Once off the highway, Grant takes us into cowboy country; we end up on a dirt road overlooking Bear Trap Canyon. A rare circle of California condors spiral in the sky above us, wings spanning 10 feet. After near extinction, Tejon Ranch is helping these creatures reach a watershed moment in their recovery. We’ve just seen nine of them. Grant points to my son and tells me he’s seen these birds up close, as tall as my 10-year–old boy. Condors are cool , my son whispers in my ear, but when are we getting on a horse?

We get horseback for a ride through the rugged Bear Canyon with Scott Neill, the lanky New Zealander who runs the equestrian center on the ranch, which hosts events for nearly every riding discipline. Neill tells us about the Western and foxhunting events. Only the Hounds of Tejon don’t chase foxes—they chase coyotes. We see deer skirting through thick trees ahead and Neill pays high compliments, “This place is beautiful. The closest I’ve seen to New Zealand.” 

Tejon Ranch is surprisingly lush for the Southwest. A sentiment echoed by locals in Los Pinos Mexican cafe a few miles from our guest ranch house. Jacob and Lisa Wolff tell me the wildflower carpets are incredible to see, even from the highway. When their curiosity turns to those padlocks, I tell them how Tejon Ranch is opening up their arms. Plans include diverting the Pacific Crest Trail—the 2,650-mile hiking trail that spans from Mexico to Canada—through its property so backpackers can move off the hot Mojave Desert and back onto the crest of the Sierra Nevada. But this will take some time.

“We don’t change on a dime,” Grant says. “At the end of the day, we’re a ranch. We evaluate carefully. We are a slow-moving animal.” 

A beast this size trails a wide wake behind it with every move it makes. For miles along Interstate 5, the ranch has vineyards, almond and pistachio groves, oil fields, crops and has recently diversified to include the Tejon Ranch Outlets, boasting name brands like Coach and Starbucks, and factory industries like IKEA. Further, a mile-deep archive of reports reveals sustainable real estate plans, along with Tejon Ranch’s boldest move yet: An unprecedented agreement to conserve up to 240,000 acres of its land. 

 While the rancher and the conservationist are breaking bread, the cowboys are camping out high in the mountains. 

The kitchen window at the cowboy cabin is silhouetted with coffee mugs, a black tactical knife, and half-empty bourbon bottles. Bare mattresses, wool blankets, and camping gear stack up next to each other. An old map of Tejon Ranch hangs in the corner above the wood stove. The cowboys bend an elbow and bunk here together when herds need several days getting through the mountains. A small ring of stumps circle the fire pit outside. The cowboys on this team live on the ranch, cook at each other’s houses, and compete together in rodeos. One of the Pedotti sisters is wife to Scribner, the head cowboy, and soon they’ll be welcoming their son into this band of brothers. As we drive away from the cabin, I start to write tight knit in my notebook and a jostle turns my knit into knot . I leave it.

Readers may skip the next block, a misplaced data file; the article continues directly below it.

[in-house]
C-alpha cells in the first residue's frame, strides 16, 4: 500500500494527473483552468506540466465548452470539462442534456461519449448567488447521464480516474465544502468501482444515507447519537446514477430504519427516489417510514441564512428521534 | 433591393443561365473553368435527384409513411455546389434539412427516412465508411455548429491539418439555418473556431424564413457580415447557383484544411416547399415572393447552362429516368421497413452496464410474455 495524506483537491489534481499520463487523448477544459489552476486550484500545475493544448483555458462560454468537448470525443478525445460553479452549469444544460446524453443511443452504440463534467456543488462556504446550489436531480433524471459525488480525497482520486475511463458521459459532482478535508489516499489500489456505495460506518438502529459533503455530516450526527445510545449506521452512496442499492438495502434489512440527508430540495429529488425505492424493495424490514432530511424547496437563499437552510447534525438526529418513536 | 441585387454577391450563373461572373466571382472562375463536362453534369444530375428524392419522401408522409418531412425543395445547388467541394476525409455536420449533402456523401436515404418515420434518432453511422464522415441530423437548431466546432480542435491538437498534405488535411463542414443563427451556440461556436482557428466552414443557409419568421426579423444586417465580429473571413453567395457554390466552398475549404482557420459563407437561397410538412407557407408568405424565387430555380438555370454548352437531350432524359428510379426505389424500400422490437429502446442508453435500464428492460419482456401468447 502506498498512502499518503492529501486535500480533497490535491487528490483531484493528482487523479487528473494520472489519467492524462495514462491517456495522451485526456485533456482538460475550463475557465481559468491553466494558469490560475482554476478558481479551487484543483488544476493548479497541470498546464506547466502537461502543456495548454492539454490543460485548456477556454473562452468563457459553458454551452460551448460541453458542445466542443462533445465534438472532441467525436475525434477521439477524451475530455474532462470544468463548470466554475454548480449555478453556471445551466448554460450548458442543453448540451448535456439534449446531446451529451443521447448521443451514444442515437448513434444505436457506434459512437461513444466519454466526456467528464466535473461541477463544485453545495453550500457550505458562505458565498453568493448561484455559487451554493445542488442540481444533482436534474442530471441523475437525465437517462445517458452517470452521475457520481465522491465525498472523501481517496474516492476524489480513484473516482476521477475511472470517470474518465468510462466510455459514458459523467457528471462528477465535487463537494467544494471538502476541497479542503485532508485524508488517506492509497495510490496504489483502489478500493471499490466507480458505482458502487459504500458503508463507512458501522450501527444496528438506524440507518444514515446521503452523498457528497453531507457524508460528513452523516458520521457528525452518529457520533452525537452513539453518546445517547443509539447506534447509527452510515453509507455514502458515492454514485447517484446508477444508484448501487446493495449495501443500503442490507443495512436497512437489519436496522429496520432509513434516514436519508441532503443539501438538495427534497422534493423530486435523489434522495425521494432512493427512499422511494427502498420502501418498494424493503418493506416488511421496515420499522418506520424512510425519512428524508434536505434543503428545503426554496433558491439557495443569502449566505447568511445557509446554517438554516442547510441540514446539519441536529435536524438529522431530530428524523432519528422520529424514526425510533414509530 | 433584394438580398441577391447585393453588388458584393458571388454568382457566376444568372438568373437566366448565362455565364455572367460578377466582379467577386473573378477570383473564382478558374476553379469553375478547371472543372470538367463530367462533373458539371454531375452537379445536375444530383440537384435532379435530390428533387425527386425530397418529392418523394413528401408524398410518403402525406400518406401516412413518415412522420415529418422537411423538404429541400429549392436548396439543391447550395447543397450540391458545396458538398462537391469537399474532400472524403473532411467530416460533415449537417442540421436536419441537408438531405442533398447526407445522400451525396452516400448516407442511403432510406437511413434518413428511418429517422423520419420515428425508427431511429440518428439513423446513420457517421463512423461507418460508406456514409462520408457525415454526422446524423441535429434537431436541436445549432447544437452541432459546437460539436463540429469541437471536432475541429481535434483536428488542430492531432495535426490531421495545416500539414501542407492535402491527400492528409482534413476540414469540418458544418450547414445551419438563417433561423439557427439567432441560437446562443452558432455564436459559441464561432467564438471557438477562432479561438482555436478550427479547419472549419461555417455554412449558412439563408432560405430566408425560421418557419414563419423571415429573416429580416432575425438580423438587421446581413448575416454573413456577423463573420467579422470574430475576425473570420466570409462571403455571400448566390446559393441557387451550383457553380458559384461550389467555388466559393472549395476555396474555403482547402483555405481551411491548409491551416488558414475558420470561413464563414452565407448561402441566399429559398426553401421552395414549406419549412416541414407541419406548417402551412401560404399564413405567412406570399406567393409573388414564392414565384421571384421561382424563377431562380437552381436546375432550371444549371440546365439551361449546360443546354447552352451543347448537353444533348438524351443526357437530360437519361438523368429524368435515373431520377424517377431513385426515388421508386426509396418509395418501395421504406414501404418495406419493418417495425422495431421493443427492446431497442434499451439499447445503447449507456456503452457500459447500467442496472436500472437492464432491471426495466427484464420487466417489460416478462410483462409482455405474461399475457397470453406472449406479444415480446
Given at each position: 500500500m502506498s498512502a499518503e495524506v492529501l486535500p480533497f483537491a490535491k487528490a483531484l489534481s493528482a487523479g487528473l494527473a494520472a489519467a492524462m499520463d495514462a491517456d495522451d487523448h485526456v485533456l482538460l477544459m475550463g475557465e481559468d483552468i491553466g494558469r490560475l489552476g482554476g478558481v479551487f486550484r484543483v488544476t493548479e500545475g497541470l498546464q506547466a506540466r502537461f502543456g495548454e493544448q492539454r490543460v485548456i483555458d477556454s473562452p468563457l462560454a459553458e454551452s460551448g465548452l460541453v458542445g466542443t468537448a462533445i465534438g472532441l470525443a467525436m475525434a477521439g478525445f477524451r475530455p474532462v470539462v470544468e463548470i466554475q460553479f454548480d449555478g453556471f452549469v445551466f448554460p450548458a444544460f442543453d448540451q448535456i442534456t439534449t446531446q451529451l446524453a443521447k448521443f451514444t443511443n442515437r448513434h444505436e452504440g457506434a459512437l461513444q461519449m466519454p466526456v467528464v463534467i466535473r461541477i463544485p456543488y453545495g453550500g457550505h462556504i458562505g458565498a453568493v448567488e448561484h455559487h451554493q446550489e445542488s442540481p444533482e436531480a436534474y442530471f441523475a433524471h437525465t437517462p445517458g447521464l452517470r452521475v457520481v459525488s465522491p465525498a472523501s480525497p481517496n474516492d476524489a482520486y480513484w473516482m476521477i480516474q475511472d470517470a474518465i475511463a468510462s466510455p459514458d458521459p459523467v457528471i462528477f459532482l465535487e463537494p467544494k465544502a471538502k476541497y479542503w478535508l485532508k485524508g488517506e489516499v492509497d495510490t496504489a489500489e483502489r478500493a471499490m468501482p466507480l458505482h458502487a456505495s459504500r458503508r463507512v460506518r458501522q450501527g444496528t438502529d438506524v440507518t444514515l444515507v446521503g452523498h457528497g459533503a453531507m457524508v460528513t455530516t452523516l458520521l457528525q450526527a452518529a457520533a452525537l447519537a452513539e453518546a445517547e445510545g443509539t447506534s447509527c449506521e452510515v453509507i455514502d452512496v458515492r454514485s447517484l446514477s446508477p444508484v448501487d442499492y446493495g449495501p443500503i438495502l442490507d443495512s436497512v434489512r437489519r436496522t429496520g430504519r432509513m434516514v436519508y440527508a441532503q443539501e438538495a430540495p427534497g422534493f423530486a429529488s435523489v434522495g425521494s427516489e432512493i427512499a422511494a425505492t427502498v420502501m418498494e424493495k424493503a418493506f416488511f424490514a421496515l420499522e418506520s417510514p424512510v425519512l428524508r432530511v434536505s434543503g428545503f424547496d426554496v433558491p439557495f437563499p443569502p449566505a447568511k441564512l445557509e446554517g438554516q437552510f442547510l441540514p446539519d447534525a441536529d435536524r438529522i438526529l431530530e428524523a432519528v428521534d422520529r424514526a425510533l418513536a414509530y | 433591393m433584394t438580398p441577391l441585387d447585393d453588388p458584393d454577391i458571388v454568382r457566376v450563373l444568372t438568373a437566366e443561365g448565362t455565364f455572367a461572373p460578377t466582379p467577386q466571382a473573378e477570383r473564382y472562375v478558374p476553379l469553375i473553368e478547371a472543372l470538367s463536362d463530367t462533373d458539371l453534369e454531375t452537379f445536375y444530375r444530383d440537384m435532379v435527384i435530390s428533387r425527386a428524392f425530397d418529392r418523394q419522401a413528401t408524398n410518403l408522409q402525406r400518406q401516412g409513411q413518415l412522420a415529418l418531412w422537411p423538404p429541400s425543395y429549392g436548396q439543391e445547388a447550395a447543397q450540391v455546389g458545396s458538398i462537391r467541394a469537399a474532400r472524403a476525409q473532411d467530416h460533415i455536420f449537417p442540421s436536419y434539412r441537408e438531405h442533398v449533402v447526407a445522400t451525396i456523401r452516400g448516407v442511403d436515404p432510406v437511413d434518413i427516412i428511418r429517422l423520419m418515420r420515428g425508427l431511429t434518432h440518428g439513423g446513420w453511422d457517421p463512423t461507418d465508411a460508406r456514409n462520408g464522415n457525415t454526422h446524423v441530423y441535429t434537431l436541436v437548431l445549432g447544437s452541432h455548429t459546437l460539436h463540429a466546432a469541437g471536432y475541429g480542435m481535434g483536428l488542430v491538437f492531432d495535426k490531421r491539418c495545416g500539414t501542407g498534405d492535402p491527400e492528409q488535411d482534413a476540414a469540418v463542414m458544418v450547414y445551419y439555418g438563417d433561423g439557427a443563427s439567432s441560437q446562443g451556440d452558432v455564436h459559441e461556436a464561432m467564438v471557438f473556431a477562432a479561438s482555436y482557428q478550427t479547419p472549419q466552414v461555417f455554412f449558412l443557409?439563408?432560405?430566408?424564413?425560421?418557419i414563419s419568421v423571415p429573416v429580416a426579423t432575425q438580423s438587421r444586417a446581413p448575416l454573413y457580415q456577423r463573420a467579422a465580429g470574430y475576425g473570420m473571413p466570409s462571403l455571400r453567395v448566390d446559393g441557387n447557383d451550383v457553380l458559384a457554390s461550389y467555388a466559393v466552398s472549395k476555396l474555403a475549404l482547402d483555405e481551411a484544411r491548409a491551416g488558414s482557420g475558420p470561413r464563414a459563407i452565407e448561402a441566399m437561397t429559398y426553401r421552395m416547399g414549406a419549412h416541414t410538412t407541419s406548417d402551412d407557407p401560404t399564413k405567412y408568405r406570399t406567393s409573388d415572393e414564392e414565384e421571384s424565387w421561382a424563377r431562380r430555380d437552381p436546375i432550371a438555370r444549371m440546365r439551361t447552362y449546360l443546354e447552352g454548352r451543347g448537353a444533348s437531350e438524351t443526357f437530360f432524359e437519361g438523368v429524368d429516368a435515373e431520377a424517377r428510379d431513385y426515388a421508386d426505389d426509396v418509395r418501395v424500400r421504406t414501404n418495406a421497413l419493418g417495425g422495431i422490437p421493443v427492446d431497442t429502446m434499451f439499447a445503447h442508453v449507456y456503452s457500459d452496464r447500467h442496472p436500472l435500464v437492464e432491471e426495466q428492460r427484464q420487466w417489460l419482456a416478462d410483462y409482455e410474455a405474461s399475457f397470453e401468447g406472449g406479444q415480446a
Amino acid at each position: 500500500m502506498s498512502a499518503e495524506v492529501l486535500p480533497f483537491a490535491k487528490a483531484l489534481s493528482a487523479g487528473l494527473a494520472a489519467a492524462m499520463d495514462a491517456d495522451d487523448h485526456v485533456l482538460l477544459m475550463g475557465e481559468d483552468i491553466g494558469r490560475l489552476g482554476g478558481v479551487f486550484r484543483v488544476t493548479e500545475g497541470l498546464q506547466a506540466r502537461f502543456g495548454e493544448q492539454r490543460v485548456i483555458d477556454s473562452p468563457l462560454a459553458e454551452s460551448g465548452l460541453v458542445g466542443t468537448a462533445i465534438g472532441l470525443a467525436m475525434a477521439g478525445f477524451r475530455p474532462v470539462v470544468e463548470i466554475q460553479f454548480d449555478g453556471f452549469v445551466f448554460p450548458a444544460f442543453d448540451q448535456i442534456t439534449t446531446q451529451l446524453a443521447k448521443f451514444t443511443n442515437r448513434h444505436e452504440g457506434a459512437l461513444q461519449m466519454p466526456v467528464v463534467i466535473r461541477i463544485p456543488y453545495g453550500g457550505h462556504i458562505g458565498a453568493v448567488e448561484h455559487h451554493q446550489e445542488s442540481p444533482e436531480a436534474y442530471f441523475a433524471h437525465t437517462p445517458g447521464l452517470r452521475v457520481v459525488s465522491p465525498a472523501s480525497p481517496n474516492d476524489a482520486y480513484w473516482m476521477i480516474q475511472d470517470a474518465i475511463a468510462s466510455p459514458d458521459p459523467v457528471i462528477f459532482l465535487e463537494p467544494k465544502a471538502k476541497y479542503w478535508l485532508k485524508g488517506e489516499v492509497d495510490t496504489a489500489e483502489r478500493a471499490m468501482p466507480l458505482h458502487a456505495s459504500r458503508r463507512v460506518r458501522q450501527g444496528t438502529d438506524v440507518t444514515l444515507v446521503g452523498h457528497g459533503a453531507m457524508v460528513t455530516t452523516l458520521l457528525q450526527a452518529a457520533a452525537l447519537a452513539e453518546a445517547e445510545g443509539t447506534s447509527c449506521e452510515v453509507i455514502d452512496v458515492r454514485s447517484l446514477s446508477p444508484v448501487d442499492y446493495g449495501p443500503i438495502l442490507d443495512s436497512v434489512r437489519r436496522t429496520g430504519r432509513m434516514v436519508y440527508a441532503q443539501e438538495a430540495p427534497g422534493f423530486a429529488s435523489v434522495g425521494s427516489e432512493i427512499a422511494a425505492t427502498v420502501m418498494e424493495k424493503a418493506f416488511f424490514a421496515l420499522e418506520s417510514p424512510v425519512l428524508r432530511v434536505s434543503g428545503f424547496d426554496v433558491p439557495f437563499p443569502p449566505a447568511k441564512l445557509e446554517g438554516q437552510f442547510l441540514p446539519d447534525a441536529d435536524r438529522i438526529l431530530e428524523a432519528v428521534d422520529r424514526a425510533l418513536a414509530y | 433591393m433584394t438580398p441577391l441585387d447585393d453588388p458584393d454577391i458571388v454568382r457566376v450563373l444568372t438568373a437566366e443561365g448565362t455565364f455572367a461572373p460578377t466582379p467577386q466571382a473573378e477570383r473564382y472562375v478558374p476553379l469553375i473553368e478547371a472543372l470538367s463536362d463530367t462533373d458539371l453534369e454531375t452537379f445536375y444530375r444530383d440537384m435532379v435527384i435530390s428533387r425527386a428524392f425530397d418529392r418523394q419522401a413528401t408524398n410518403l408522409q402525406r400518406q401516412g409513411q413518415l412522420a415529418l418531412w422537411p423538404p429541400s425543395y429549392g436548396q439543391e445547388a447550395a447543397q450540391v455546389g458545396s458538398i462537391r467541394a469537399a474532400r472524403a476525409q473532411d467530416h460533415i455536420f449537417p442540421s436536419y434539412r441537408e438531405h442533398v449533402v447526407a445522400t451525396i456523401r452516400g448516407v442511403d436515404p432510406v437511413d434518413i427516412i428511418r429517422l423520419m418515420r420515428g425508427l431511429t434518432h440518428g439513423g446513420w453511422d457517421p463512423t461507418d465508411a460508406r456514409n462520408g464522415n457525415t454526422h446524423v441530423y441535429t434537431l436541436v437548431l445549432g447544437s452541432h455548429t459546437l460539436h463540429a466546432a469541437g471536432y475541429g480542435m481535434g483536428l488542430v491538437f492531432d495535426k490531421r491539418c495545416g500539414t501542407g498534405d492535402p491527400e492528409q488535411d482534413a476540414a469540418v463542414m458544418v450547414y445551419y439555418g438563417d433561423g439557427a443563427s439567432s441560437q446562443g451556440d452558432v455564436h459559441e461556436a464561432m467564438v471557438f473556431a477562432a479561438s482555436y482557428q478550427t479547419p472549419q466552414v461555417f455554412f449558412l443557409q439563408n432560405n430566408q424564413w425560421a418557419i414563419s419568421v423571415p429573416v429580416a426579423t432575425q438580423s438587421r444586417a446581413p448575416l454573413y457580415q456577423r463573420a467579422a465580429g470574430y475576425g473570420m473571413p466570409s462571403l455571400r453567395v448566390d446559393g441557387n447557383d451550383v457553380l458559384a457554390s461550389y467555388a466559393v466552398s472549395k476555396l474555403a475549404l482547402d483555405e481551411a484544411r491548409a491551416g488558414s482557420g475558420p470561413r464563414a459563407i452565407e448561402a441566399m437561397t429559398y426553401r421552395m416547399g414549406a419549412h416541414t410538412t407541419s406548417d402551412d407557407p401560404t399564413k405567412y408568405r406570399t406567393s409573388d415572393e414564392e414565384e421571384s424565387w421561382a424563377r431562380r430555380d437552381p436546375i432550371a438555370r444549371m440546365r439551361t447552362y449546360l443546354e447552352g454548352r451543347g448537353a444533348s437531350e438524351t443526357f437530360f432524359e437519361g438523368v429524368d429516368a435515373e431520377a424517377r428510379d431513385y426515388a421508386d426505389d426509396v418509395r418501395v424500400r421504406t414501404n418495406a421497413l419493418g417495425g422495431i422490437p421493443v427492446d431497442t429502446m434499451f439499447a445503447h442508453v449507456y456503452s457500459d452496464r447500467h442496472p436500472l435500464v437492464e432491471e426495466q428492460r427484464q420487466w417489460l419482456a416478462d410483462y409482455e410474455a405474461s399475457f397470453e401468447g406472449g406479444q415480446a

The jumbled ink in my journal clearly marks our remote rides in the ranch truck with Scribner. Unmarked, unpaved roads wind deep into the belly of wild country, and also to the site of the former Sebastian reservation. We visit the threadbare school and burial site, sacred places to the Tejon tribe, an amalgamation of several indigenous tribes with a history long before the first native vaqueros. Tejon Ranch allows tribe members special access to these places. Like the cow bones scattered through the grass, the bones of both sides of history lie here in Tejon Canyon.

At 5,800 feet, Cordon Ridge would have normally been choked with snow when I visited the ranch early in the year, but recent drought has made it possible for us to drive up to the higher mountain ranges. On this high trail, the cowboys bring cattle along edges that drop into rocky ravines below. It is unforgiving terrain out here. I think about the famous descent in Man from Snowy River and ask if the cowboys can do that gradient. Scribner says they wouldn’t be working this country if they couldn’t. In the understated confidence that I’ve quickly learned sums up the head cowboy, he tells me, “You can’t cheat the mountain.”

 We round the bend to a breathtaking view of the Tehachapi Mountains. Few footprints have been where I’m standing. Few have seen this deep into such unspoiled country. I see the Old West right before my eyes, like a living time capsule. This is what makes a bold man pause in his saddle. While Scribner and my son toss rocks down the mountainside, my eyes follow the ridges and slopes, undulating like green leviathans beneath the fog and beyond, where clouds turn them blue and string them out like long ropes of semi-precious Lapis in the sky. A line in Beale’s journal describes it as “the very backbone of the world.” My son sidles up to me and asks me how much of this is Tejon Ranch. All of it.

I stood on Beale’s backbone of the world and felt the weight of Tejon’s history, with pages thicker than its conservation agreement. Its carousel of photos will revolve long past the days we were here. The head cowboy will pass this legacy on to his own son. The principle that what is happening in color will eventually turn into sepia is not lost on the stewards of Tejon Ranch. Large footsteps are carefully taken, knowing its wake will cut a course for California. “We’re still here.” Grant says, “We’re doing something right. All things considered, all things are as they should be.”

 Perhaps History itself sits sprawled out on the mantilla of its saddle under the sun, surveying the world from some high mountain, journaling what it sees. Pages of savage grandeur, tumultuous and golden days, and bold moves. Bold moves have built the backbone of California, whether small and self–reliant as the badger, or as large and generous as the Tehachapi Mountains. And its legacy is still being written. 

 “Keep looking forward and keep some dirt in your hands,” mule packer and fourth-generation Californio, Tony Matthias says, smiling at my son.